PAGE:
Here's a place to talk about the relationships in your life whenever you want.
"Remember when VH1 was your parents' music-video channel?" I half-seriously asked Matt as he was sound-mixing an upcoming episode of the reality show "Love & Hip-Hop" in his Lower East Side studio, Underground Audio. "Remember when it was where you went for the latest Bruce Hornsby video? I guess those days are over."
"That's just the way it is," Matt replied. I had met him only five minutes earlier, but I already knew he was a good egg. Anyone that quick on their feet with a Bruce Hornsby joke is a good egg.
I was intimidated, though. It was a beautiful recording and editing space, and Matt -- whose last name is, perfectly, Rocker -- is a supremely talented musician. So are the two guys who arrived after me, Alex Mallett and Chris Q. Murphy, who everyone but me calls Murphy because I've been calling him Chris since we were kids growing up in the same New Jersey hometown.
We'd assembled to learn and rehearse a set of Chris's songs, which we'll be performing tonight at Pete's Candy Store in Brooklyn. Chris invited me to sing backup and a couple of duets, and I was psyched to participate; I've always wanted to get out and do more singing than just the occasional karaoke night, and while the Britpop choir I'm in is a great start, the idea of being in a band is extra-exciting to me. But something -- namely the fact that singing is the only contribution I can make to a band -- has held me back from trying to start or join one.
Earlier in the day, I had asked in our group email if anyone wanted me to bring beer or snacks. Before we started, I asked the guys one more time if they were sure they didn't want me to make a bodega run.
"It's weird that you're throwing yourself into the conventional gender role like that," Chris said, "the woman serving the refreshments."
"I know, I know. That occurred to me after I sent the email," I said, shrugging. "I just want to pull my weight around here."
Having known Chris for almost three decades, I was sure he could easily see that I felt like I was at the bottom of the totem pole in our quartet, but that I didn't resent that position; I felt deserving of and even apologetic about it.
Chris handed Matt, on drums, and Alex, on bass, hand-written charts of their parts, and he handed me lyrics. I looked over at Alex's charts and back at my lyrics and immediately felt like I was sitting at the kid's table. I haven't been able to read music since I was a mediocre cellist in middle school. But the lyrics were all I really needed as I'd be learning the harmonies by ear during this four-hour practice, the only one we'd have.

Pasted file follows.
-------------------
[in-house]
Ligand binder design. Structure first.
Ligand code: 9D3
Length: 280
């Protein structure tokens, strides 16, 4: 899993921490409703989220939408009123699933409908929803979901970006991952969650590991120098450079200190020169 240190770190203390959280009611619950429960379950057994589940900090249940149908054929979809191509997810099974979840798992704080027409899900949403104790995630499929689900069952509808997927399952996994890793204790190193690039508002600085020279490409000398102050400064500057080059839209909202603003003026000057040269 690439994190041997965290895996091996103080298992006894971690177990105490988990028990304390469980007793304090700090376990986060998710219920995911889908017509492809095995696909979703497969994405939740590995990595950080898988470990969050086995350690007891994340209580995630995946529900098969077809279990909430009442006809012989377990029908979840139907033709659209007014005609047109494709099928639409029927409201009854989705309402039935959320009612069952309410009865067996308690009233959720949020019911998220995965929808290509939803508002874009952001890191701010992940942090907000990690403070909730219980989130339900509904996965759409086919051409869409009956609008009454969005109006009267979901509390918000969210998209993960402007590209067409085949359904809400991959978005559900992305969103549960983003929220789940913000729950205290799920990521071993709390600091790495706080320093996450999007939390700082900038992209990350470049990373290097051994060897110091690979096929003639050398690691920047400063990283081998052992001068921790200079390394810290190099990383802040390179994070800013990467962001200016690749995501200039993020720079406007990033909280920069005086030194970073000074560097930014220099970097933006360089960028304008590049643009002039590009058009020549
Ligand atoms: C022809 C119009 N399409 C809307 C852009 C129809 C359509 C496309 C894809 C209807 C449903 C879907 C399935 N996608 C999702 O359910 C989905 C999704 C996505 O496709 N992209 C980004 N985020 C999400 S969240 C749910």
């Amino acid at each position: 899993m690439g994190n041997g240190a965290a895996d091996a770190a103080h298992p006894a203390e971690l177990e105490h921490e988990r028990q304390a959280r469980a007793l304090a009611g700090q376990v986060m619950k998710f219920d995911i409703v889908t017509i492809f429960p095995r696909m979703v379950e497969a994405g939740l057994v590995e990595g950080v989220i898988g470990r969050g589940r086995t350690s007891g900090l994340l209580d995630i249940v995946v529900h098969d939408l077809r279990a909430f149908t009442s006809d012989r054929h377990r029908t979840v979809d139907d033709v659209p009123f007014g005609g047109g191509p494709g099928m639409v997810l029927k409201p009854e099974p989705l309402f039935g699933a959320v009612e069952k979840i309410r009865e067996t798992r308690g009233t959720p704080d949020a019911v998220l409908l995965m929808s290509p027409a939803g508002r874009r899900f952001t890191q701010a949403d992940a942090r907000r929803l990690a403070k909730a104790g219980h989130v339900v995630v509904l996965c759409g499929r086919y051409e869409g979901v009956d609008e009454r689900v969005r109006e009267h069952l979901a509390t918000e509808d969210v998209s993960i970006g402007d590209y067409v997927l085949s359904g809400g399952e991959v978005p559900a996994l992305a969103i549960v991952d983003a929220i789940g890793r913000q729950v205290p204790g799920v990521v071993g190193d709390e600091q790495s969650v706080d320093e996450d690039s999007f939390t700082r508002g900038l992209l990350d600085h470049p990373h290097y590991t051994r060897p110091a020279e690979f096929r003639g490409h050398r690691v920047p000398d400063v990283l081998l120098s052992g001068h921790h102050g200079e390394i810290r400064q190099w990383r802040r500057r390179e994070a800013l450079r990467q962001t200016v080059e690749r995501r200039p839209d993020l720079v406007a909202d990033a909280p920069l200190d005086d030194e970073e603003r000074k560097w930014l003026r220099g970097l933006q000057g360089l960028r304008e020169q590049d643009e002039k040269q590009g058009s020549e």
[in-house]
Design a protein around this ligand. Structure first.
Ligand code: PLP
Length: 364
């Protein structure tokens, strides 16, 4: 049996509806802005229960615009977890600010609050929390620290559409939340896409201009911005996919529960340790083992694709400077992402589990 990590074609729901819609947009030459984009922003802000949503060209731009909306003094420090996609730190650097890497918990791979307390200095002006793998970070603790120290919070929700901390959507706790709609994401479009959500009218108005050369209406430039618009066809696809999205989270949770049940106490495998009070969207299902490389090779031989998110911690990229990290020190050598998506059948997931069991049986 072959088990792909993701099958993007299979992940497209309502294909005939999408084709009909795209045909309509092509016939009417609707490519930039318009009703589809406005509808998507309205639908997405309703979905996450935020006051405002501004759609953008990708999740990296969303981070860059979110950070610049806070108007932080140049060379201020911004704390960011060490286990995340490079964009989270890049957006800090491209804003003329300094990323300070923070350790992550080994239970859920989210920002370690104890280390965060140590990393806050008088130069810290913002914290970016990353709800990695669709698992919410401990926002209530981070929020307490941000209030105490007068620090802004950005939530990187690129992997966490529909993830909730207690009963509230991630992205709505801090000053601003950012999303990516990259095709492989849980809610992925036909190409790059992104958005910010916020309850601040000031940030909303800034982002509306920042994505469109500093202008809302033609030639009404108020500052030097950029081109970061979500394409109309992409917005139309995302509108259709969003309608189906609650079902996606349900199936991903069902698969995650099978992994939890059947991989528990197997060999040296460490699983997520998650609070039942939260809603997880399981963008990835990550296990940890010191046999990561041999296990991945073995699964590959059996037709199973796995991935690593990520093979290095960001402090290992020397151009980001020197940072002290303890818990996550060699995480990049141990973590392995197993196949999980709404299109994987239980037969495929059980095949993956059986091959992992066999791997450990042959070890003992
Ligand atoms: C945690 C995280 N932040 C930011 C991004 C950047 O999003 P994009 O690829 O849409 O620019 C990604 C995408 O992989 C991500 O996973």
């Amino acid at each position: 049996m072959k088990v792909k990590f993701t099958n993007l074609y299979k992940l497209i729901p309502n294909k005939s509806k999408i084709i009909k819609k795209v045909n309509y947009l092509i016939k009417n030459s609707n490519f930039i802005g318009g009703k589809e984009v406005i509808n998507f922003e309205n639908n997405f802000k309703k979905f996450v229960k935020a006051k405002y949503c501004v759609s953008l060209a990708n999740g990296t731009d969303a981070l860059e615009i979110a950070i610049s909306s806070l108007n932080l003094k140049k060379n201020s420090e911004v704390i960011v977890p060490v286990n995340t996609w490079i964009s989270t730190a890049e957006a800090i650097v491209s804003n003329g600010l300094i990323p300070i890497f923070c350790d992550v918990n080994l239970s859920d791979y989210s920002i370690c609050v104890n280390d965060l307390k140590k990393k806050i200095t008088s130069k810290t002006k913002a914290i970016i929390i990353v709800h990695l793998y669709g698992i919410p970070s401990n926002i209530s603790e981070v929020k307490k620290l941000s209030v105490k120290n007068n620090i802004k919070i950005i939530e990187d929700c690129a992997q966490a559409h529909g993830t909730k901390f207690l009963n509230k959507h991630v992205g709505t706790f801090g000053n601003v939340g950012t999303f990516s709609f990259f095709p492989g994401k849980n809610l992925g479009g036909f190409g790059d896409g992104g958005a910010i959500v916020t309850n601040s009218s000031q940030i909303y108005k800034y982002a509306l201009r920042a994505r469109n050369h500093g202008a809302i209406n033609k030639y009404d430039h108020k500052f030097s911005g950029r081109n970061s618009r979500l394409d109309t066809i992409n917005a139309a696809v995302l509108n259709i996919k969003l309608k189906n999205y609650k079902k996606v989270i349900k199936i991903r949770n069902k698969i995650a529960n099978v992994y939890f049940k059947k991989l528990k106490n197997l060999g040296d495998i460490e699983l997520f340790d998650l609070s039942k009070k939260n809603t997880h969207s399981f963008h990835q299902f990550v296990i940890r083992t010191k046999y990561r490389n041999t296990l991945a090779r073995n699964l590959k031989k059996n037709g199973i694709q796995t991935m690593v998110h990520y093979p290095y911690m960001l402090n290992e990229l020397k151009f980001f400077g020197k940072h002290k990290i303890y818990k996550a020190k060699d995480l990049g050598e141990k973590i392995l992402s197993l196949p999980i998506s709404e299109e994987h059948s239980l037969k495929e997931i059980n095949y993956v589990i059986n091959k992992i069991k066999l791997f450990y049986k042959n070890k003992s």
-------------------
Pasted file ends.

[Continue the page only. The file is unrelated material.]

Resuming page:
As we ran through the set, I was continually impressed not only by Chris's songwriting, but by his, Alex's and Matt's ability to improvise and rearrange their parts. I felt like I was out of my league, a nonprofessional singer surrounded by remarkable musicianship; that no matter how good a vocalist I may be, it wasn't as valid a contribution to this project as the musicality, education and experience of the others.
And so, when I opened my mouth in a non-singing capacity, insecure questions and comments came out.
"Let me know what you want me to do," I'd ask Chris before we'd start each song, referring to where the harmonies should go and what notes I should sing. In some cases, he already had my part in mind, but sometimes, he left it up to me.
"Just do what you think sounds right," he'd say.
"Uh... OK?" I said, unsure why someone with so much musical knowledge would trust me with helping to shape how his songs would be heard. I mean, I have solid instincts about harmonizing, but I can't confidently throw around terminology like thirds and semitone. But in virtually every case, he was pleased with what I'd sing. And in virtually every case, I'd be surprised that he was pleased with what I'd sing.
At the end of the rehearsal, Chris told me that he'd shown his wife the email I sent asking if anyone wanted me to bring beer and snacks.
"I said to Melissa, ‘I don’t think Marci knows she’s not an accessory,'" he said. "You’re here because you can sing."
That's when I realized no one was doing me some kind of reluctant favor by tolerating my presence; I was asked to be there by someone who believes in my talent, and I shouldn't compare myself to the rest of the members of the band, because they serve a different purpose and bring a different set of needed skills to the table. If I had been asked to play the piano for the band, I'd have every reason to be insecure and apologetic, as well as every reason to seriously question Chris's judgment. But I was there to sing backup.
I do this a lot -- comparing myself to others, apologizing for not being what I perceive to be adequate or not doing more than I'm expected to, being surprised when someone believes in me -- not just in musical situations, but in almost every scenario that could benefit from some relaxed confidence. And what Chris said instantly inspired a New Year's resolution to regularly remind myself that I'm enough. More than enough, even.
After the rehearsal, I decided to watch "20 Feet From Stardom," the fantastic 2013 documentary about some of the most prolific backup singers of the last half-century. I was hoping for a little inspiration, perhaps a nugget of confidence I could bring with me on stage tonight. I found it within the first few minutes.
"There’s a power to these women that stand on stage and sing with these guys," said Janice Pendarvis, who's sung background vocals for David Bowie and the Rolling Stones. And she's right. All they need to make an impact is a voice and a microphone. And the confidence to stand there.
I'm going to remember that when I join Chris, Alex and Matt on stage tonight. And if you're in the area, come by Pete's Candy Store -- we go on around 10 p.m. I'll be there because I can sing.